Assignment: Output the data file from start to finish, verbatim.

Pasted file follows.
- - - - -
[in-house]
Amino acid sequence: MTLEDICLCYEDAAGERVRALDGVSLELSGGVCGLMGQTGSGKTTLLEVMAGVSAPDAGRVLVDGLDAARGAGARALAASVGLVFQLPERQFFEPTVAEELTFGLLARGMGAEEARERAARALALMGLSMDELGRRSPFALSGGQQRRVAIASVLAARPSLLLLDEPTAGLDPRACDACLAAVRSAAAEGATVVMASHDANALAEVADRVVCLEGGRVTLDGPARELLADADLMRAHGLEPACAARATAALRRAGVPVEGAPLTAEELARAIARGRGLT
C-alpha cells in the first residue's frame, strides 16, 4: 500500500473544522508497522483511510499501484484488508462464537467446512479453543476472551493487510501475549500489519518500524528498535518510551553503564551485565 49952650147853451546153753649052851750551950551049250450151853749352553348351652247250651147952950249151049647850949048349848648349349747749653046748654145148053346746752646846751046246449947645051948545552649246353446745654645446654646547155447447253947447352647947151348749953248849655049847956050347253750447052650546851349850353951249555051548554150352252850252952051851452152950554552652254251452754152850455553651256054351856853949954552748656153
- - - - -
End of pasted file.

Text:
[in-house]
Amino acid sequence: MTLEDICLCYEDAAGERVRALDGVSLELSGGVCGLMGQTGSGKTTLLEVMAGVSAPDAGRVLVDGLDAARGAGARALAASVGLVFQLPERQFFEPTVAEELTFGLLARGMGAEEARERAARALALMGLSMDELGRRSPFALSGGQQRRVAIASVLAARPSLLLLDEPTAGLDPRACDACLAAVRSAAAEGATVVMASHDANALAEVADRVVCLEGGRVTLDGPARELLADADLMRAHGLEPACAARATAALRRAGVPVEGAPLTAEELARAIARGRGLT
C-alpha cells in the first residue's frame, strides 16, 4: 500500500473544522508497522483511510499501484484488508462464537467446512479453543476472551493487510501475549500489519518500524528498535518510551553503564551485565 49952650147853451546153753649052851750551950551049250450151853749352553348351652247250651147952950249151049647850949048349848648349349747749653046748654145148053346746752646846751046246449947645051948545552649246353446745654645446654646547155447447253947447352647947151348749953248849655049847956050347253750447052650546851349850353951249555051548554150352252850252952051851452152950554552652254251452754152850455553651256054351856853949954552748656153